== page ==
Disability Scoop offers a great interview with Doreen Rosimos of IncomeLink, LLC, which helps find employment for people with disabilities. She says, "It’s tough to find a job right now for everybody, but I do believe it’s possible....Right now going to a small employer -- the corner market, the local bakery, the businesses with five to six people -- is the best place to get part-time employment, especially if you can go in and talk to the people there. Maybe they need someone just two hours a day."

She adds, "If you do what you love, you’ll never work a day in your life. When I help people find jobs, I don’t help them find a job. I help them find a place to be, where they can grow as a person and experience some satisfaction in their life, not just put band-aids in a box."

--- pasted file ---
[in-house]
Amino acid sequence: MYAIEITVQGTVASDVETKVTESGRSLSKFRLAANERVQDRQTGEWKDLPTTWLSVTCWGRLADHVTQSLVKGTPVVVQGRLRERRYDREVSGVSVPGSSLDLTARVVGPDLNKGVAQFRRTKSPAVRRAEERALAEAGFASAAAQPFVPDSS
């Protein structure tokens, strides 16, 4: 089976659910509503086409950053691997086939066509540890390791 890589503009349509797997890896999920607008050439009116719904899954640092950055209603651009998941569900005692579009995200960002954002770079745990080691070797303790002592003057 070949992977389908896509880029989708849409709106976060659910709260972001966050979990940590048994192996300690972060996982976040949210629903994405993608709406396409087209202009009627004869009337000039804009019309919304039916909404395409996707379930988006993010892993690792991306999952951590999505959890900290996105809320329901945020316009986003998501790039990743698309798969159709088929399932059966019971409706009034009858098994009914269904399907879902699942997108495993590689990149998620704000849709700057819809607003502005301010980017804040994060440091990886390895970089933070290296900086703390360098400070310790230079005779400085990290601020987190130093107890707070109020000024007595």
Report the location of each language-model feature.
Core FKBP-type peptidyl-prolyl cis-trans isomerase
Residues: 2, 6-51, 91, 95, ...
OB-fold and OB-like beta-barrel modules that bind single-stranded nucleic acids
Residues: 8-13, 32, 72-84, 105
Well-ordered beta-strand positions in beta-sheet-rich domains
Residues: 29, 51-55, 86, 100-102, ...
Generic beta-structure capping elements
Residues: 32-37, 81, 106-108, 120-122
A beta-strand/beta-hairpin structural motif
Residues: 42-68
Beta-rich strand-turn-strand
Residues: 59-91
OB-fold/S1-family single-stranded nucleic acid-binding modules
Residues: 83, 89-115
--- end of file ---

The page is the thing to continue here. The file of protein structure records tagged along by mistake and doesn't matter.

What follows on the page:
Friday, February 13, 2009

More on Biden at Special Olympics Games


In Boise, Idaho, for the Special Olympics Winter Games, Vice President Joe Biden brought introduced Kareem Dale as the special assistant to the president for disability policy. Dale, as you'll recall, was the point person on disabilities for the Obama-Biden campaign. "He is going to have absolutely direct access to the president," Biden said. "There's a lot of barriers. We've broken down barriers before. We're going to break down more barriers....This is a civil rights movement. This is a movement to make sure that we guarantee that all peoples in the world have the opportunity to succeed to the degree they are capable."